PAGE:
The Huntington Museum of Radio and Technology
I’ve kept a link to the Museum of Radio and Technology on the right side of this blog since I began writing about ham radio. Its a fantastic organization and only about an hours drive from Charleston. There is no charge for admission but they have a voluntary donation box is located in the hallway. Official membership is an annual fee of $25 dollars.
This museum is one of the biggest (10,000 square feet) and best of it’s type in America. This is the site of the Radio and Technology WV8MRT club station and the club station for the Tri-State Amateur Radio Association . My gratitude goes to both these fine organizations which are allowing me to operate my QRP station from there.
The video at the top portion of the Museums opening page shows a workable “spark gap” transmitter and there are several pages of the web site devoted to hams who have lived in my home town of Charleston WV.
Al Hicks (W8AH) worked an amazing 362 countries on the 40 meter band. “A feat nobody else anywhere has ever matched”. Those QSL cards are on display at the Museum. His call sign is now used by the West Virginia DX Association .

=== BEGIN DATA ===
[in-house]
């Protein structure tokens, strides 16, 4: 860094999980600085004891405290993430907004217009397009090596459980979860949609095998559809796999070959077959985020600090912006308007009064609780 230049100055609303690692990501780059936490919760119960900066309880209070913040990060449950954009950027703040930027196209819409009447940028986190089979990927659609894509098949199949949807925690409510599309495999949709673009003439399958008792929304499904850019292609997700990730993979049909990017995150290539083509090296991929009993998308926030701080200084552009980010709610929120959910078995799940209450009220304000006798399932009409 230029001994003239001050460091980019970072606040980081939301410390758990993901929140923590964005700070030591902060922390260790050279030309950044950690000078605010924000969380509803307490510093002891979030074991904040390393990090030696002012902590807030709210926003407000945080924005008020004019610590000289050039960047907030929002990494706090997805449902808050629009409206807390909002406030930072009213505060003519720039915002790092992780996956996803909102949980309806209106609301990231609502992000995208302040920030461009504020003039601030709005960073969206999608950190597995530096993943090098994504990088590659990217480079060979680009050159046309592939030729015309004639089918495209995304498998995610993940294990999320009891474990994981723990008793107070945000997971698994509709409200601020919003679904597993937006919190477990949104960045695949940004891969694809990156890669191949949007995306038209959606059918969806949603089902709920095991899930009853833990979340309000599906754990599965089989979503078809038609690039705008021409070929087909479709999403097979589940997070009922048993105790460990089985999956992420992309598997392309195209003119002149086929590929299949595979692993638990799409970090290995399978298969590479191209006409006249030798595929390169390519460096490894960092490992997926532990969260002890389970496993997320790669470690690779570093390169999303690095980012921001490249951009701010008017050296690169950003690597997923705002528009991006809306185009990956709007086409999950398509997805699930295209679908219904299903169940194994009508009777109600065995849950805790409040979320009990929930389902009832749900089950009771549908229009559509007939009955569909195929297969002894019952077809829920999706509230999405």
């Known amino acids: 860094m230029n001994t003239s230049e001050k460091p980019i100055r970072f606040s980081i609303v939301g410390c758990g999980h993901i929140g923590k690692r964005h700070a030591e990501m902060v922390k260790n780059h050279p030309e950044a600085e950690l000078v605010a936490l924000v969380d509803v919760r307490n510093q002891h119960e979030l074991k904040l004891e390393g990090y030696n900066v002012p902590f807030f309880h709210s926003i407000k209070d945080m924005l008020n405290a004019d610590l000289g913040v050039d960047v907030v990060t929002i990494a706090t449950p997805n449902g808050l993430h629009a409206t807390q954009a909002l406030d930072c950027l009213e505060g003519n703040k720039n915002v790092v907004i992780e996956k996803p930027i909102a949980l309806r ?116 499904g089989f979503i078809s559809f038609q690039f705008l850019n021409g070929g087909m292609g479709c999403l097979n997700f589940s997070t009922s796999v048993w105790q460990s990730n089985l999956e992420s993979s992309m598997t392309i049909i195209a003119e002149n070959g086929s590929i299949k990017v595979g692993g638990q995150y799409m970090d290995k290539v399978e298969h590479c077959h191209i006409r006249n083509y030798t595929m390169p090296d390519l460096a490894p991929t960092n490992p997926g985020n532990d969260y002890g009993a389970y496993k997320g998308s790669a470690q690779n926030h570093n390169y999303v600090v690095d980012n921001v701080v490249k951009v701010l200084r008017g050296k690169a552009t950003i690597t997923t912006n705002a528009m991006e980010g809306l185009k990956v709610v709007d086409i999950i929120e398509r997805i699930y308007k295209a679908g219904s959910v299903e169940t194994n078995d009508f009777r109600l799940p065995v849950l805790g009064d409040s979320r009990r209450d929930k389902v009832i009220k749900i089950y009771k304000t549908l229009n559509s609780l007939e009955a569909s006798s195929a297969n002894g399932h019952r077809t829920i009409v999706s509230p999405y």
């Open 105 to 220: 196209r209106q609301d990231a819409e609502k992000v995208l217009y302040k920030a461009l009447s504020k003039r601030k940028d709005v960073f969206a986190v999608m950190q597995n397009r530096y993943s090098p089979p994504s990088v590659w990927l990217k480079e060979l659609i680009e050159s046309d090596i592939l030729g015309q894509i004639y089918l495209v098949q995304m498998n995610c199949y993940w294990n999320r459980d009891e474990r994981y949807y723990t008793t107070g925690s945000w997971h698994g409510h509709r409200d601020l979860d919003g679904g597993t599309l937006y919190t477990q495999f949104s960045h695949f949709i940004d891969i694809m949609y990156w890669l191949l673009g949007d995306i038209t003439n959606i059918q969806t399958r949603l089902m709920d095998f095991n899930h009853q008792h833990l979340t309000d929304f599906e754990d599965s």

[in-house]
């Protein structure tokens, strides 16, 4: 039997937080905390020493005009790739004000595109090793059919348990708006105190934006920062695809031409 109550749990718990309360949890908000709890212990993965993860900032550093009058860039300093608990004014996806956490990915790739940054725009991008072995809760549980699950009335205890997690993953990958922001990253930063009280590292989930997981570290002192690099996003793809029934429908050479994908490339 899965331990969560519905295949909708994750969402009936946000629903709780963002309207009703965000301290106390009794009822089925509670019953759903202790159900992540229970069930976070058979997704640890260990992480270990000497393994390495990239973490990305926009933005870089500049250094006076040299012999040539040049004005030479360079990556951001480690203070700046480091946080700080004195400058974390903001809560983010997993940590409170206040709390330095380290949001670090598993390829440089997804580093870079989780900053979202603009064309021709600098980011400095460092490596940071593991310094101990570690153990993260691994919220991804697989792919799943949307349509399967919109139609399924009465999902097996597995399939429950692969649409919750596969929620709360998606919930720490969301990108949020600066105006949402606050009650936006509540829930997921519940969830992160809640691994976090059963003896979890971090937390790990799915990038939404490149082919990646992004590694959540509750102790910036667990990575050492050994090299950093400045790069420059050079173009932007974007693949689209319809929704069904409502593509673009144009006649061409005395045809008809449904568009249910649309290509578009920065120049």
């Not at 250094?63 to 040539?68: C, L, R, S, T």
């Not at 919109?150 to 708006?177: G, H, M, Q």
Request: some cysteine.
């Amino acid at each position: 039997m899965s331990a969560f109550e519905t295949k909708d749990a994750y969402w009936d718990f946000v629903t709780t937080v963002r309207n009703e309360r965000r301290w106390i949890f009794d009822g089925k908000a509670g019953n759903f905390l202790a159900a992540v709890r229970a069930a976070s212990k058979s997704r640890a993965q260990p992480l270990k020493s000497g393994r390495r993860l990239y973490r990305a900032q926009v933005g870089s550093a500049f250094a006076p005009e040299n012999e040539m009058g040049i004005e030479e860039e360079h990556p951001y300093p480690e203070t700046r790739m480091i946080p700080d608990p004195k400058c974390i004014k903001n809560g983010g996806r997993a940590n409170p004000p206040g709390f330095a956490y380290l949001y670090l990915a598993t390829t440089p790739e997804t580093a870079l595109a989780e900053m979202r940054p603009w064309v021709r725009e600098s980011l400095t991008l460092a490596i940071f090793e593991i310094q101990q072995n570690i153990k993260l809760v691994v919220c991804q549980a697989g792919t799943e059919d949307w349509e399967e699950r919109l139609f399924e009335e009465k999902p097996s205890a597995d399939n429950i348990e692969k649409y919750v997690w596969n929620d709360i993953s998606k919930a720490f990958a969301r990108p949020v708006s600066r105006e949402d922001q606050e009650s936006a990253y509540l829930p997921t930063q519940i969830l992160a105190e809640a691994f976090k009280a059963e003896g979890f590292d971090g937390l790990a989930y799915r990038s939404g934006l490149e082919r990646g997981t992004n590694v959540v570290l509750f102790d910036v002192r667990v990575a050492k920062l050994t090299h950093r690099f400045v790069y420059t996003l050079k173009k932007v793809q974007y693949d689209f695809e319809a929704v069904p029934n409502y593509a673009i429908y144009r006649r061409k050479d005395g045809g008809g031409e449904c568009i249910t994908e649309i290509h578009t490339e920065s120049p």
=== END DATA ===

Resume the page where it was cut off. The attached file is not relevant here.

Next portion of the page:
A friend of mine, and also a silent key, Bernie Clark (W8PNR) built an amplifier which was so large that he enclosed in an an old refrigerator which is on display at the Museum. I never heard it on the air but I understand he was always 599 on every contact. One of our WV Chapter club members (W8GDP) and I always talked with Bernie on the Kanawha Amateur Radio Club repeater on our morning commute to work.
We will be transmitting on, on close to, all the standard QRP frequencies from 40 meters to 10 meters. I’m looking forward to this “special event” from the Museum of Radio and Technology. I’ll send an “electronic card” to those who request them.
This is primarily a NAQCC event but it’s open to everyone. The exchange will be Call, Name, State and either NAQCC number, or if not a club member, your power level.
If I hear you, I’ll work you.
Cool video here:
Very nice video of the Museum. I’m looking forward to operating QRP there and enjoying the history of the radio art. Thanks for posting!